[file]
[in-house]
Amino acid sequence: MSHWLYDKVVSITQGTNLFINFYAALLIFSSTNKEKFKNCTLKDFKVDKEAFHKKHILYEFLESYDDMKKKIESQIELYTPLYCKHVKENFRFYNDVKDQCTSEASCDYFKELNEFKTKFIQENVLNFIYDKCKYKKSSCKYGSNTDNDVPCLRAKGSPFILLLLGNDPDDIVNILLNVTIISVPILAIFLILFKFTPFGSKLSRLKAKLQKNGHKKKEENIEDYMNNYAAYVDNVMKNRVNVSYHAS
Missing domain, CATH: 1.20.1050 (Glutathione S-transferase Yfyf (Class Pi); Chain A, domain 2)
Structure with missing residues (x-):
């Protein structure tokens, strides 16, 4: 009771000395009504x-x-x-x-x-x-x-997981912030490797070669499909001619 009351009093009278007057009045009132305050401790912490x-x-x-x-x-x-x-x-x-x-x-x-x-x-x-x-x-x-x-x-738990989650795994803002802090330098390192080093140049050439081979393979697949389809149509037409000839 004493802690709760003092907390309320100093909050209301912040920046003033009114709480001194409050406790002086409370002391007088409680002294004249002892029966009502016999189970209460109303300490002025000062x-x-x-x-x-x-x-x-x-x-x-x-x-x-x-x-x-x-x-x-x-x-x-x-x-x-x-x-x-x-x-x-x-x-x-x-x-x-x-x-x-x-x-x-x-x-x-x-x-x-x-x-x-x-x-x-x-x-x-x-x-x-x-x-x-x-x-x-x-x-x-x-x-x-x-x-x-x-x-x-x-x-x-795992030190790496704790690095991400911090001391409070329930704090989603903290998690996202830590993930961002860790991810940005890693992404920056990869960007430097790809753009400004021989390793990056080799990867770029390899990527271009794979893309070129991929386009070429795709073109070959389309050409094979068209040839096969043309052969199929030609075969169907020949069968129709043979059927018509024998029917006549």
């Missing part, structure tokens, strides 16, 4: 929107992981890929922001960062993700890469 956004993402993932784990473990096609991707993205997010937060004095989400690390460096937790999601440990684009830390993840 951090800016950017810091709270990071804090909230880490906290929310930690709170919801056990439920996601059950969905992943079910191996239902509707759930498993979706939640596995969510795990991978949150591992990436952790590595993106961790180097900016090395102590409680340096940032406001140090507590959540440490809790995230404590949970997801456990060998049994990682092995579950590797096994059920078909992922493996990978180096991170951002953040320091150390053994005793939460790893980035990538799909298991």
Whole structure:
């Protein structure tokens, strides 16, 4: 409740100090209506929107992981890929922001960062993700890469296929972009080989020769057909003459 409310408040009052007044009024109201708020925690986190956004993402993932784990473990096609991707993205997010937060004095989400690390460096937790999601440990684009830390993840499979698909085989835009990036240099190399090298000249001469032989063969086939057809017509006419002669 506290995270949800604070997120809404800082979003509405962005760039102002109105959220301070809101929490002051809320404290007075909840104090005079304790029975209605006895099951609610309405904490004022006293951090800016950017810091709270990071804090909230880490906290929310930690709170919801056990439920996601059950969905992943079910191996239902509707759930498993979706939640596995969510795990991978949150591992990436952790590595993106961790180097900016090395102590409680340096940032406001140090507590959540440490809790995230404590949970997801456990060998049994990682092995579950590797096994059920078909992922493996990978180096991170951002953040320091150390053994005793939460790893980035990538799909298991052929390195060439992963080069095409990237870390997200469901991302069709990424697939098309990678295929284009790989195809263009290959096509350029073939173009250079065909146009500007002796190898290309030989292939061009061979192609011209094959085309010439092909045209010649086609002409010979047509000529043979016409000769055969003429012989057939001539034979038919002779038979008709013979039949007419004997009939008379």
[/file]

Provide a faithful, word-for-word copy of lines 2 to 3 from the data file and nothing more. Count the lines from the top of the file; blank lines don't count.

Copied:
Amino acid sequence: MSHWLYDKVVSITQGTNLFINFYAALLIFSSTNKEKFKNCTLKDFKVDKEAFHKKHILYEFLESYDDMKKKIESQIELYTPLYCKHVKENFRFYNDVKDQCTSEASCDYFKELNEFKTKFIQENVLNFIYDKCKYKKSSCKYGSNTDNDVPCLRAKGSPFILLLLGNDPDDIVNILLNVTIISVPILAIFLILFKFTPFGSKLSRLKAKLQKNGHKKKEENIEDYMNNYAAYVDNVMKNRVNVSYHAS
Missing domain, CATH: 1.20.1050 (Glutathione S-transferase Yfyf (Class Pi); Chain A, domain 2)